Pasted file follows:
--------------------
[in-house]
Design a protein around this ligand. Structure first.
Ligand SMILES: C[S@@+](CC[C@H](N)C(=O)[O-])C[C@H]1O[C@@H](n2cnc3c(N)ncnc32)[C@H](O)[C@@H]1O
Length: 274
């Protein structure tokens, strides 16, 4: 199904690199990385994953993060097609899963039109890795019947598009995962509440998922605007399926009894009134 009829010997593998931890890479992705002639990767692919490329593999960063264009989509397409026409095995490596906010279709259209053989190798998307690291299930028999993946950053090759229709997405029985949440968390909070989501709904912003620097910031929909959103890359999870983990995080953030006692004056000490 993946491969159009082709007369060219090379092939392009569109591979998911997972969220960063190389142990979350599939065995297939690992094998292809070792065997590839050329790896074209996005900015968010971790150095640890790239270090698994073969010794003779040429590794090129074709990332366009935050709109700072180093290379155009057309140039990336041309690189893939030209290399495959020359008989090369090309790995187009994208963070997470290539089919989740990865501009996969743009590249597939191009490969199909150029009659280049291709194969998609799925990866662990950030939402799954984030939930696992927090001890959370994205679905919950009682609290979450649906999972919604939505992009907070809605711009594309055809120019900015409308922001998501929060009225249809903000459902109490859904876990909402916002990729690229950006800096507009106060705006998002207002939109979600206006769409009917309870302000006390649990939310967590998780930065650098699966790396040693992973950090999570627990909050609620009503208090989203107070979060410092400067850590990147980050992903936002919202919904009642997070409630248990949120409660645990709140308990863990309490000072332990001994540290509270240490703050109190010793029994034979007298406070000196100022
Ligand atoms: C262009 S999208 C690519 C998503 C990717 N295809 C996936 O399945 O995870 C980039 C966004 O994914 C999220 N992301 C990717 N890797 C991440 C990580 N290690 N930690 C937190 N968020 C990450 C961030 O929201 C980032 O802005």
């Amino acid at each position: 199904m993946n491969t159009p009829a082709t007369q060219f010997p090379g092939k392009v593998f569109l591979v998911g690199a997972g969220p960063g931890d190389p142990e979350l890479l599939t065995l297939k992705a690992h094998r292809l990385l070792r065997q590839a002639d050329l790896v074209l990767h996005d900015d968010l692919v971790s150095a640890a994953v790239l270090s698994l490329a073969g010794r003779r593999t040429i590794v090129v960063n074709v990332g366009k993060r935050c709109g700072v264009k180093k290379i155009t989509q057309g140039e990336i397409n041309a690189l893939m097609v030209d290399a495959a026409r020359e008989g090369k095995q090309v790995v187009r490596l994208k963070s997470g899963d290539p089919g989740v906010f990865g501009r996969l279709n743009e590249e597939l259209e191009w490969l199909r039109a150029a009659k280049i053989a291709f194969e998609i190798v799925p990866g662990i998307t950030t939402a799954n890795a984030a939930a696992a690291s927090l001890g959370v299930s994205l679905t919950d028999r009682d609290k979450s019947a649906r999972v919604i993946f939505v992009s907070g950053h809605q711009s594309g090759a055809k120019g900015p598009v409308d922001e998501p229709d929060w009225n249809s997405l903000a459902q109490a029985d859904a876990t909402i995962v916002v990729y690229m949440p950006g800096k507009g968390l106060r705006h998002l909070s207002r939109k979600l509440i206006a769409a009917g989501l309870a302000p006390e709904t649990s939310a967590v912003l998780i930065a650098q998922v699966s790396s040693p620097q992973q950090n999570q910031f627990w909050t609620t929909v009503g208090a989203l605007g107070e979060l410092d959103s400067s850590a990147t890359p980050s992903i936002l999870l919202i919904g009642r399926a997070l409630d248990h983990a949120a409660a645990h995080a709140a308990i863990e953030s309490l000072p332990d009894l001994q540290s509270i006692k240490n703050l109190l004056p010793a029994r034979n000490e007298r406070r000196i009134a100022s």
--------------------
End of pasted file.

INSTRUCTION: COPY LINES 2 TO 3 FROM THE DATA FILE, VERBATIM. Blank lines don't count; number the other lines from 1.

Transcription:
Design a protein around this ligand. Structure first.
Ligand SMILES: C[S@@+](CC[C@H](N)C(=O)[O-])C[C@H]1O[C@@H](n2cnc3c(N)ncnc32)[C@H](O)[C@@H]1O